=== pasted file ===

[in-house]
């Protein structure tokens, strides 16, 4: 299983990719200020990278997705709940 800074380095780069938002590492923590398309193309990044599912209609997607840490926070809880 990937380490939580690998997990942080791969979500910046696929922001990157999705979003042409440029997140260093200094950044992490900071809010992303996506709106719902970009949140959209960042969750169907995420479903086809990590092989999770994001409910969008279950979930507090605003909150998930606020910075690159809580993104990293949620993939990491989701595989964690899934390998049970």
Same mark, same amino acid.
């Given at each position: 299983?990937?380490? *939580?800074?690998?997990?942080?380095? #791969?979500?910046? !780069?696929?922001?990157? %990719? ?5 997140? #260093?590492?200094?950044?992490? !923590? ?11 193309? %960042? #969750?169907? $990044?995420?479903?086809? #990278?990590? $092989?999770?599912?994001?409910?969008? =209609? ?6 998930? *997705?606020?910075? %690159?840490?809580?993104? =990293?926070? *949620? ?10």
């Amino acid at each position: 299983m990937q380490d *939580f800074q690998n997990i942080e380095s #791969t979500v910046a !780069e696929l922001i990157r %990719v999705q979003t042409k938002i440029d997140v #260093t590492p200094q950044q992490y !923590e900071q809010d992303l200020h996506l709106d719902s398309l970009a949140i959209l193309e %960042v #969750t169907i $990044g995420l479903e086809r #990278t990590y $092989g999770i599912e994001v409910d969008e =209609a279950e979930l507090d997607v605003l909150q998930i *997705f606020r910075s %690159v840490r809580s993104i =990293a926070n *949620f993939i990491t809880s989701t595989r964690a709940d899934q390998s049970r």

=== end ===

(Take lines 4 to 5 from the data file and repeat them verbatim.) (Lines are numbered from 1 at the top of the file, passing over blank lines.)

């Given at each position: 299983?990937?380490? *939580?800074?690998?997990?942080?380095? #791969?979500?910046? !780069?696929?922001?990157? %990719? ?5 997140? #260093?590492?200094?950044?992490? !923590? ?11 193309? %960042? #969750?169907? $990044?995420?479903?086809? #990278?990590? $092989?999770?599912?994001?409910?969008? =209609? ?6 998930? *997705?606020?910075? %690159?840490?809580?993104? =990293?926070? *949620? ?10």
């Amino acid at each position: 299983m990937q380490d *939580f800074q690998n997990i942080e380095s #791969t979500v910046a !780069e696929l922001i990157r %990719v999705q979003t042409k938002i440029d997140v #260093t590492p200094q950044q992490y !923590e900071q809010d992303l200020h996506l709106d719902s398309l970009a949140i959209l193309e %960042v #969750t169907i $990044g995420l479903e086809r #990278t990590y $092989g999770i599912e994001v409910d969008e =209609a279950e979930l507090d997607v605003l909150q998930i *997705f606020r910075s %690159v840490r809580s993104i =990293a926070n *949620f993939i990491t809880s989701t595989r964690a709940d899934q390998s049970r």